Now onto home improvement stores, particularly Home Depot. I am so sick of Home Depot. I am now avoiding it as much as possible, only stopping there when there are no other options for what I need. That means that I now drive 10+ miles to get to Lowe’s for most of my materials, instead of 2 miles to get to Home Depot.

I have one pet peeve and one major problem with Home Depot. The pet peeve is simple. If I cut a piece of trim using your equipment, I can only be as accurate as the equipment you provide. Today I attempted to purchase an 8-foot piece of trim. I tried to cut it. The first saw was too dull for even a 1/4″ x 1.5″ piece of lattice trim. The second one was sharp enough, but was extremely aggressive. If there was a miter box, I could have gotten a nice cut on an 8-foot piece of trim. Because there is no miter box, and the saw was so aggressive, I aimed for a quarter inch over what I needed. I ended up an eighth inch over.

The annoyance? The 5-foot-something girl held the trim up, and was able to gauge the height of my cut, almost 3 feet over her head. They charged me for 8.08 feet. This is after I was told quite emphatically just last week that they give a small amount of tolerance for making the cut. Apparently 1/8-inch on a 96-inch piece is beyond their tolerance. That’s right– my cut was long by 0.13%. Pretty damn good considering the rip saw and no miter box. But why should I be charged for it? I am fully competent at making an exact cut, but I can’t do it without a miter box or an appropriate saw. Other customers must have agreed, since it appears they opened up some miter boxes off the shelf. You can’t count on Home Depot to cut it for you, either. Their employees are reckless with the saw, careless with the work piece, and too busy to be bothered making an accurate cut.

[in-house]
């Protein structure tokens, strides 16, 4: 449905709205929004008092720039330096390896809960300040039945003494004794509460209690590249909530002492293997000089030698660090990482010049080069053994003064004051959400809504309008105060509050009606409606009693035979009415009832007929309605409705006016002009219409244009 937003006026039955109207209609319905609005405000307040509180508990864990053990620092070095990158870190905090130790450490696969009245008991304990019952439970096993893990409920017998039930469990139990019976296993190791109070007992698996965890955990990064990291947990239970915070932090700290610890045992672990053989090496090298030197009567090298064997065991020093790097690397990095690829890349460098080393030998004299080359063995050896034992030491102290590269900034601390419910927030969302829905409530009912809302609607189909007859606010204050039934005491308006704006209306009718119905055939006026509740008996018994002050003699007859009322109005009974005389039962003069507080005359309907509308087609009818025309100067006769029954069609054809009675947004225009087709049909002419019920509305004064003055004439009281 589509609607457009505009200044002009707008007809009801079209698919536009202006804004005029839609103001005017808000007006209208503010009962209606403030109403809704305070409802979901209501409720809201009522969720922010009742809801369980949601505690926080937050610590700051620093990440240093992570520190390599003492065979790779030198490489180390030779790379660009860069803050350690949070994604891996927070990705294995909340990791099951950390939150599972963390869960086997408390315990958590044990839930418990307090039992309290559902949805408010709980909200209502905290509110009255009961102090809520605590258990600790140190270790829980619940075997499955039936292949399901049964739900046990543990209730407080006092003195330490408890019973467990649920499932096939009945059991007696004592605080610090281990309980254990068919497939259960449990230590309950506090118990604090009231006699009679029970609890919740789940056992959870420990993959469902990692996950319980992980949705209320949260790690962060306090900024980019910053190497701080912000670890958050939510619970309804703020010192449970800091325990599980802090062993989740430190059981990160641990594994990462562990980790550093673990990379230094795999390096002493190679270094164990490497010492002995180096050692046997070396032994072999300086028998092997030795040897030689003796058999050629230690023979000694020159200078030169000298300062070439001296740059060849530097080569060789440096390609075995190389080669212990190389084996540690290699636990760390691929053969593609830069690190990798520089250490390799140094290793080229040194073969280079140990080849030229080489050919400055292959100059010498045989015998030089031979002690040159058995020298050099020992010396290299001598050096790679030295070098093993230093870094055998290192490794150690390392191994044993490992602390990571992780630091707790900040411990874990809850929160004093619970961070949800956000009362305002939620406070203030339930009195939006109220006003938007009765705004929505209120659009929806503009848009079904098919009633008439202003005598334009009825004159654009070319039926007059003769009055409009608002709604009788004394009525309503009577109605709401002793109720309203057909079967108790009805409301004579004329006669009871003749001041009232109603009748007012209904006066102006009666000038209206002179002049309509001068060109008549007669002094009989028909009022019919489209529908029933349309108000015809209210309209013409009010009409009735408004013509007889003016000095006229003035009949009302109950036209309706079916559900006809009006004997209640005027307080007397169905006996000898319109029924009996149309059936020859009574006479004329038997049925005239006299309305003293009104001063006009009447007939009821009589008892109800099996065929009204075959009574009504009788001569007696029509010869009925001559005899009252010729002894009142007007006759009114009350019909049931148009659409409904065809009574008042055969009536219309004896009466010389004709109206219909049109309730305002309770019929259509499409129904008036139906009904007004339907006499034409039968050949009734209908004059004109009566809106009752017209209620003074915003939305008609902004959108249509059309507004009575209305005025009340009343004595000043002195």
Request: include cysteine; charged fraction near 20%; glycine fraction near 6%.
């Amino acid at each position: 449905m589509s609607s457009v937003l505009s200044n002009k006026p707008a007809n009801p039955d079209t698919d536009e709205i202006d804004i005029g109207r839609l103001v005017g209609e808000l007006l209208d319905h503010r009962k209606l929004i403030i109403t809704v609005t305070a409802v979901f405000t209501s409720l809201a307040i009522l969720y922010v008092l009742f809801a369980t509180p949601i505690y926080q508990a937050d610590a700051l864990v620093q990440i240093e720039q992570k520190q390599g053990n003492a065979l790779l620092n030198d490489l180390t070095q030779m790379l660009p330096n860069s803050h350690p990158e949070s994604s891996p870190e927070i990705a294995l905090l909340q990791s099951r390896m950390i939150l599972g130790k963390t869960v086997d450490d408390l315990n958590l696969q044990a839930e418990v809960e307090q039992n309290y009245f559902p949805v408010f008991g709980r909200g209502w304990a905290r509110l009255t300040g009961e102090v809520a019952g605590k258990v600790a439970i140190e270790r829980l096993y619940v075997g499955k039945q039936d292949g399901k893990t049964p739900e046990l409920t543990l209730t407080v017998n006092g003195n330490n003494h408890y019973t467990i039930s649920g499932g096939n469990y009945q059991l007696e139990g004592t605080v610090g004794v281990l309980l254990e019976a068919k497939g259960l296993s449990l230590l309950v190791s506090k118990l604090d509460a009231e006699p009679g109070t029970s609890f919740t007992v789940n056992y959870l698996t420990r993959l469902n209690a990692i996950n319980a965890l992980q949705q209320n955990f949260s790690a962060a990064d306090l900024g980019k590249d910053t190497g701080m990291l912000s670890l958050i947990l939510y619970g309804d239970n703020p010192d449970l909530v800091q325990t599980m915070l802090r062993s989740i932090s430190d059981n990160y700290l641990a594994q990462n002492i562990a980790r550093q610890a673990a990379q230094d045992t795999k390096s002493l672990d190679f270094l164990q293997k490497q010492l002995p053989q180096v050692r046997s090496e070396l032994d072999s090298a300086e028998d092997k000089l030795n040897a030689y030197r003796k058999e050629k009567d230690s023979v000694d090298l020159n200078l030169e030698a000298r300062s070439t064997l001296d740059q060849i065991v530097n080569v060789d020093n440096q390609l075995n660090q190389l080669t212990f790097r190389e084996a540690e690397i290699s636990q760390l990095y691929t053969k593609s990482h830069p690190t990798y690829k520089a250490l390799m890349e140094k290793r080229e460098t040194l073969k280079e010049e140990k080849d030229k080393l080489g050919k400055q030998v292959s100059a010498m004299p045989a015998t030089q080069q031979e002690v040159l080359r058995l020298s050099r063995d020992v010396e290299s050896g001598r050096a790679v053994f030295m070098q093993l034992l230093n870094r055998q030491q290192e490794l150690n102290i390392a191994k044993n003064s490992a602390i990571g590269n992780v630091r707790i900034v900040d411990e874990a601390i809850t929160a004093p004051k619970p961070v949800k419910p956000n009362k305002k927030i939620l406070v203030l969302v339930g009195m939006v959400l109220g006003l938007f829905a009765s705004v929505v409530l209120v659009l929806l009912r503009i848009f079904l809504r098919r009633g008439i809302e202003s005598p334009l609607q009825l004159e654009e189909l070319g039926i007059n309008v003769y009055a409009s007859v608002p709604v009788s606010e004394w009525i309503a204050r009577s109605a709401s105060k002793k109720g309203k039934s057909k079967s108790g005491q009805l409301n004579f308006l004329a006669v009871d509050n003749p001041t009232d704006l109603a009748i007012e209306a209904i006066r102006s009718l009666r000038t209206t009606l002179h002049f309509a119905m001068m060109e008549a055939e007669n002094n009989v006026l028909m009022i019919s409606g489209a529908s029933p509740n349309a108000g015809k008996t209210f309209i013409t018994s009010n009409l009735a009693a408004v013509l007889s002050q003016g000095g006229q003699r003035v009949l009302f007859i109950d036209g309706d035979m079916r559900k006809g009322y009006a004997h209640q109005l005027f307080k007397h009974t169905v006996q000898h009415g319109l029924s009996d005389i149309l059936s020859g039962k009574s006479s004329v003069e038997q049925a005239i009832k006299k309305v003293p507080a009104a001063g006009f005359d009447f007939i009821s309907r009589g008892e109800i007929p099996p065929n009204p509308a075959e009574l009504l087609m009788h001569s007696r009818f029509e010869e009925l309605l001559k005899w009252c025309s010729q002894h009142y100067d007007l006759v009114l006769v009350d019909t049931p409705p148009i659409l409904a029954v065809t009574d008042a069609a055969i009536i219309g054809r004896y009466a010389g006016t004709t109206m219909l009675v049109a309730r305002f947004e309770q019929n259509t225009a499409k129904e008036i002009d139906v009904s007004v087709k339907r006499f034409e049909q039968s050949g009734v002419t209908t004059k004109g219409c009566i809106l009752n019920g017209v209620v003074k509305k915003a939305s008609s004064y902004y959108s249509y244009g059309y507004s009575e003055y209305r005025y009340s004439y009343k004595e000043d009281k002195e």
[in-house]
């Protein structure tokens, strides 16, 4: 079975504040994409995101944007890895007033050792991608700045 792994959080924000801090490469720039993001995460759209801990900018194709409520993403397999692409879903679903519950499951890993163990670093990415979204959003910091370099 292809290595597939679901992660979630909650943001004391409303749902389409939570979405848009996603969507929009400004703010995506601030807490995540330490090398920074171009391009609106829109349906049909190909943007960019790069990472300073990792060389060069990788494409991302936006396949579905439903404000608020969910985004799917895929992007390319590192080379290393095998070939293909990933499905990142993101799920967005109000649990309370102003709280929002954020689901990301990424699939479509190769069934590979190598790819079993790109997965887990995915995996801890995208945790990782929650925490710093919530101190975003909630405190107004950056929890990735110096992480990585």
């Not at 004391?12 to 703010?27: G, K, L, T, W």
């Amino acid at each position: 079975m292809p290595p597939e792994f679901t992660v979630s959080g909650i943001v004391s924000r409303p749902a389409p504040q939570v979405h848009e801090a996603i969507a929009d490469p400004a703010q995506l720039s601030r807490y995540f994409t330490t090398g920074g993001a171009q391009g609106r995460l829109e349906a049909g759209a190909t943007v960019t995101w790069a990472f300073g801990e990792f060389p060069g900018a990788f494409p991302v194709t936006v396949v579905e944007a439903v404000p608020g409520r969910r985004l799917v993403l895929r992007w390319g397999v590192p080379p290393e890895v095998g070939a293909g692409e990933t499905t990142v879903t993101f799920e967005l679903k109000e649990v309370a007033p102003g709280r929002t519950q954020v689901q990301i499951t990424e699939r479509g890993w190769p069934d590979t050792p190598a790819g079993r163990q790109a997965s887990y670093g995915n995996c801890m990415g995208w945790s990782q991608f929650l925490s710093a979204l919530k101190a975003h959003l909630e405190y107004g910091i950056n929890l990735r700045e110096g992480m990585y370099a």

The problem? Dogs. They have no place in Home Depot unless they are certified and trained to be helper dogs. Here are the reasons: